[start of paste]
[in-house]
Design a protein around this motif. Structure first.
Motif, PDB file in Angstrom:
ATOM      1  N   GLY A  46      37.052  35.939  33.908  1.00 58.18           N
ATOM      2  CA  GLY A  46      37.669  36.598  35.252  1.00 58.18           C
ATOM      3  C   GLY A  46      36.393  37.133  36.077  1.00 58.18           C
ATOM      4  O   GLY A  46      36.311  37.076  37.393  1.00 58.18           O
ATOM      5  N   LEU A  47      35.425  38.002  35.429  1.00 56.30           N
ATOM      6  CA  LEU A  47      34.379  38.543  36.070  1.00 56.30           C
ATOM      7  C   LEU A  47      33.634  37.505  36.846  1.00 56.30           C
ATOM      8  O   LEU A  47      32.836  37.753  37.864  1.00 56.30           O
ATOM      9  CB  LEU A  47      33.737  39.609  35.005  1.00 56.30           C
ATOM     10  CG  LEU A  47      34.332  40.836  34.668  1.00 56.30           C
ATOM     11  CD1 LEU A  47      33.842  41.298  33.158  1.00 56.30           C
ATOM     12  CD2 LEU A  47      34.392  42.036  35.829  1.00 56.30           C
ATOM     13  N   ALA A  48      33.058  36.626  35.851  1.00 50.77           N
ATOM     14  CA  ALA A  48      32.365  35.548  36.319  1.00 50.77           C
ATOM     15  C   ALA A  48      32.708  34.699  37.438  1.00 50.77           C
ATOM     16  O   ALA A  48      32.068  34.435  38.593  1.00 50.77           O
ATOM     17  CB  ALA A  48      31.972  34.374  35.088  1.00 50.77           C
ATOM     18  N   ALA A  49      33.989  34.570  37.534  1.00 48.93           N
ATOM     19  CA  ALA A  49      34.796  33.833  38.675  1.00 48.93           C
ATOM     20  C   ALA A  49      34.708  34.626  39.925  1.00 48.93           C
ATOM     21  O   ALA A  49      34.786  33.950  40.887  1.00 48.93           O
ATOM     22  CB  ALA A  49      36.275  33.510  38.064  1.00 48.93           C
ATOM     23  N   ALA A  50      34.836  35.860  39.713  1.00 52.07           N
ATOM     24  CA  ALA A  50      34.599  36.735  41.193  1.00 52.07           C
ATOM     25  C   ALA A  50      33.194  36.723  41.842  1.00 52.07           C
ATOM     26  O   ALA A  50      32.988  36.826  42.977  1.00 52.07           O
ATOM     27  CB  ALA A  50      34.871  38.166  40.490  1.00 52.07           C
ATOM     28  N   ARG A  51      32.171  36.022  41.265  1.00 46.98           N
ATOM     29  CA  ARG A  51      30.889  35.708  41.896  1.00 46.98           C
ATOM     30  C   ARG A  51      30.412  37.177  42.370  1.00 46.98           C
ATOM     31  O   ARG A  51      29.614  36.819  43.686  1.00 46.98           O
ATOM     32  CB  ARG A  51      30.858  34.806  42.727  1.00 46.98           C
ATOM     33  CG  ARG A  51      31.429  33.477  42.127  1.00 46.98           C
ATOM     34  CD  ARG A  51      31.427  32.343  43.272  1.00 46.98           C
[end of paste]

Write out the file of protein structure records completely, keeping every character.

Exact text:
[in-house]
Design a protein around this motif. Structure first.
Motif, PDB file in Angstrom:
ATOM      1  N   GLY A  46      37.052  35.939  33.908  1.00 58.18           N
ATOM      2  CA  GLY A  46      37.669  36.598  35.252  1.00 58.18           C
ATOM      3  C   GLY A  46      36.393  37.133  36.077  1.00 58.18           C
ATOM      4  O   GLY A  46      36.311  37.076  37.393  1.00 58.18           O
ATOM      5  N   LEU A  47      35.425  38.002  35.429  1.00 56.30           N
ATOM      6  CA  LEU A  47      34.379  38.543  36.070  1.00 56.30           C
ATOM      7  C   LEU A  47      33.634  37.505  36.846  1.00 56.30           C
ATOM      8  O   LEU A  47      32.836  37.753  37.864  1.00 56.30           O
ATOM      9  CB  LEU A  47      33.737  39.609  35.005  1.00 56.30           C
ATOM     10  CG  LEU A  47      34.332  40.836  34.668  1.00 56.30           C
ATOM     11  CD1 LEU A  47      33.842  41.298  33.158  1.00 56.30           C
ATOM     12  CD2 LEU A  47      34.392  42.036  35.829  1.00 56.30           C
ATOM     13  N   ALA A  48      33.058  36.626  35.851  1.00 50.77           N
ATOM     14  CA  ALA A  48      32.365  35.548  36.319  1.00 50.77           C
ATOM     15  C   ALA A  48      32.708  34.699  37.438  1.00 50.77           C
ATOM     16  O   ALA A  48      32.068  34.435  38.593  1.00 50.77           O
ATOM     17  CB  ALA A  48      31.972  34.374  35.088  1.00 50.77           C
ATOM     18  N   ALA A  49      33.989  34.570  37.534  1.00 48.93           N
ATOM     19  CA  ALA A  49      34.796  33.833  38.675  1.00 48.93           C
ATOM     20  C   ALA A  49      34.708  34.626  39.925  1.00 48.93           C
ATOM     21  O   ALA A  49      34.786  33.950  40.887  1.00 48.93           O
ATOM     22  CB  ALA A  49      36.275  33.510  38.064  1.00 48.93           C
ATOM     23  N   ALA A  50      34.836  35.860  39.713  1.00 52.07           N
ATOM     24  CA  ALA A  50      34.599  36.735  41.193  1.00 52.07           C
ATOM     25  C   ALA A  50      33.194  36.723  41.842  1.00 52.07           C
ATOM     26  O   ALA A  50      32.988  36.826  42.977  1.00 52.07           O
ATOM     27  CB  ALA A  50      34.871  38.166  40.490  1.00 52.07           C
ATOM     28  N   ARG A  51      32.171  36.022  41.265  1.00 46.98           N
ATOM     29  CA  ARG A  51      30.889  35.708  41.896  1.00 46.98           C
ATOM     30  C   ARG A  51      30.412  37.177  42.370  1.00 46.98           C
ATOM     31  O   ARG A  51      29.614  36.819  43.686  1.00 46.98           O
ATOM     32  CB  ARG A  51      30.858  34.806  42.727  1.00 46.98           C
ATOM     33  CG  ARG A  51      31.429  33.477  42.127  1.00 46.98           C
ATOM     34  CD  ARG A  51      31.427  32.343  43.272  1.00 46.98           C